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The Eighth Circuit recently held that a district court “applied the wrong legal standard” when it remanded a case after removal under the Class Action Fairness Act (“CAFA”).  In Leflar v. Target Corp.,[1] the district court held that “all doubts about federal jurisdiction” must be in favor of remand.  While this presumption may apply to “mine-run diversity cases,” the Eighth Circuit reinforced that no anti-removal presumption applies under CAFA.

Continue Reading Eighth Circuit Confirms That No Anti-Removal Presumption Applies under CAFA

On November 30, 2022, the U.S. Court of Appeals for the Ninth Circuit affirmed a district court’s finding that a settlement was not a coupon settlement when applying the three factors outlined in In re Online DVD-Rental Antitrust Litig., 779 F.3d 934, 950 (9th Cir. 2015).

Continue Reading Ninth Circuit Renders Section 1712 of CAFA Inapplicable to a Class Action Settlement

On October 7, 2022, the U.S. Court of Appeals for the Fifth Circuit denied a purported class representative’s attempt to intervene in a class action. The class representative had argued that his interests were not adequately represented.

Continue Reading U.S. Court of Appeals’ Continued Skepticism Over Putative Class Member Motions to Intervene

In Kelly v. RealPage, Inc., the Third Circuit held that a small subclass of consumers could proceed on their class action against RealPage based on the company’s failure to provide them with required third-party information in credit reports.  In issuing the decision, the court is one of the first Circuit Courts to squarely address the scope of what constitutes an “informational injury” in the wake of the Supreme Court’s recent decision in Transunion LLC  v. Ramirez, 141 S. Ct. 2190 (2021).

Continue Reading Third Circuit Decision Provides Post-Transunion Guidance on Informational Injuries and Ascertainability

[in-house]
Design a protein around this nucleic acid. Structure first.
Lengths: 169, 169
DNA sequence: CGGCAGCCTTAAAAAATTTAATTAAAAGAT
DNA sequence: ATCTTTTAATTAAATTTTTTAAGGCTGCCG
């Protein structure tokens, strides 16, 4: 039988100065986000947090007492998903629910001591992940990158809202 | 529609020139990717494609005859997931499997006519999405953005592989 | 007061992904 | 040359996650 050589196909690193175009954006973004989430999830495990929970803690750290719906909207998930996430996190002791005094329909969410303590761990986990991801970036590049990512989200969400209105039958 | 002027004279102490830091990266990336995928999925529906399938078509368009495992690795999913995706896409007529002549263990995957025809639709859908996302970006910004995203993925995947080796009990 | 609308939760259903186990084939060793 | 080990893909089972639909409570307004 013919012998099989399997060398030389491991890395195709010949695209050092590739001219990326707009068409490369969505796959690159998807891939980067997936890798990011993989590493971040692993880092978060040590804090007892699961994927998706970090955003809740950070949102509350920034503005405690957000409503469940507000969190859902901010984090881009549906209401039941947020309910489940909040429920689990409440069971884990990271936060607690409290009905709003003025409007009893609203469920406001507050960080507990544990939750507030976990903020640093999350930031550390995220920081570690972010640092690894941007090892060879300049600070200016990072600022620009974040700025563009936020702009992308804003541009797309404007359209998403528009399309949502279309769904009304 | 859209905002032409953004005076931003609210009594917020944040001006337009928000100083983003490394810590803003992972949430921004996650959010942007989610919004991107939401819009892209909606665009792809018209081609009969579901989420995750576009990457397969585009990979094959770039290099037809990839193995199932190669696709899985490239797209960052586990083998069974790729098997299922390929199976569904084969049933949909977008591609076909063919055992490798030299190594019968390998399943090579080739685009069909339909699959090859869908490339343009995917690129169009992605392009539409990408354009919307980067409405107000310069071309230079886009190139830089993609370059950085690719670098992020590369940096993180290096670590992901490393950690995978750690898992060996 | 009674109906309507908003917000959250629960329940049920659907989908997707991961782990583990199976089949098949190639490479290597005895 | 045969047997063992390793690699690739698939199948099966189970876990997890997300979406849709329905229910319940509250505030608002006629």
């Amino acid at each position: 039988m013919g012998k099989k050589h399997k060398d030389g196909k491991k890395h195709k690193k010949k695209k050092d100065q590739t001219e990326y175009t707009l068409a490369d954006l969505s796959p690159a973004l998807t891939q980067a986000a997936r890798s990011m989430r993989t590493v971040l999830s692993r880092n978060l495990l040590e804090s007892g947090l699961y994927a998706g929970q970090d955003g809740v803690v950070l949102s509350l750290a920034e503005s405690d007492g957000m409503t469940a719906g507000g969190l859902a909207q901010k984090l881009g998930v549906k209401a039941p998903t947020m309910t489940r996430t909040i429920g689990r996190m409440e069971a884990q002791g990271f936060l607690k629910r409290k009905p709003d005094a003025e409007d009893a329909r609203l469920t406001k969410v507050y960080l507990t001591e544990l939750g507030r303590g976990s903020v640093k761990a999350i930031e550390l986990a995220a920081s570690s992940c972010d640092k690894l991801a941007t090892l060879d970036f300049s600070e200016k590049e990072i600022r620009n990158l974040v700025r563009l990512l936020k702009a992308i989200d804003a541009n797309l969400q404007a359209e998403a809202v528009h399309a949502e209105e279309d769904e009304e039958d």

A recent lawsuit alleges that Skittles consumers “are at heightened risk of a host of health effects” because Skittles uses titanium dioxide (TiO2).  TiO2 is considered an inert and safe material, and for decades has been used in a range of consumer products including house paint, ceramics, paper, and printing inks.  In fact, you can

On August 15, 2022, the U.S. Court of Appeals for the Fifth Circuit vacated a class-certification order on a Rule 23(f) appeal after sua sponte holding that the named plaintiff had no standing to sue.  The case is yet another example of how federal courts closely examine standing following the U.S. Supreme Court’s mandate in TransUnion LLC v. Ramirez, — U.S. —, 141 S. Ct. 2190 (2021): “Every class member must have Article III standing in order to recover individual damages.”  Id. at 2208.

Continue Reading Fifth Circuit Sua Sponte Vacates Class-Certification Order for Lack of Standing

During a span of less than two months, a group of Arkansas lawyers filed 22 class action suits in Lonoke County, Arkansas, alleging violations of the Magnuson-Moss Warranty Act. Here are five key items to know:
Continue Reading Manufacturers and Retailers Beware: New Warranty Class Actions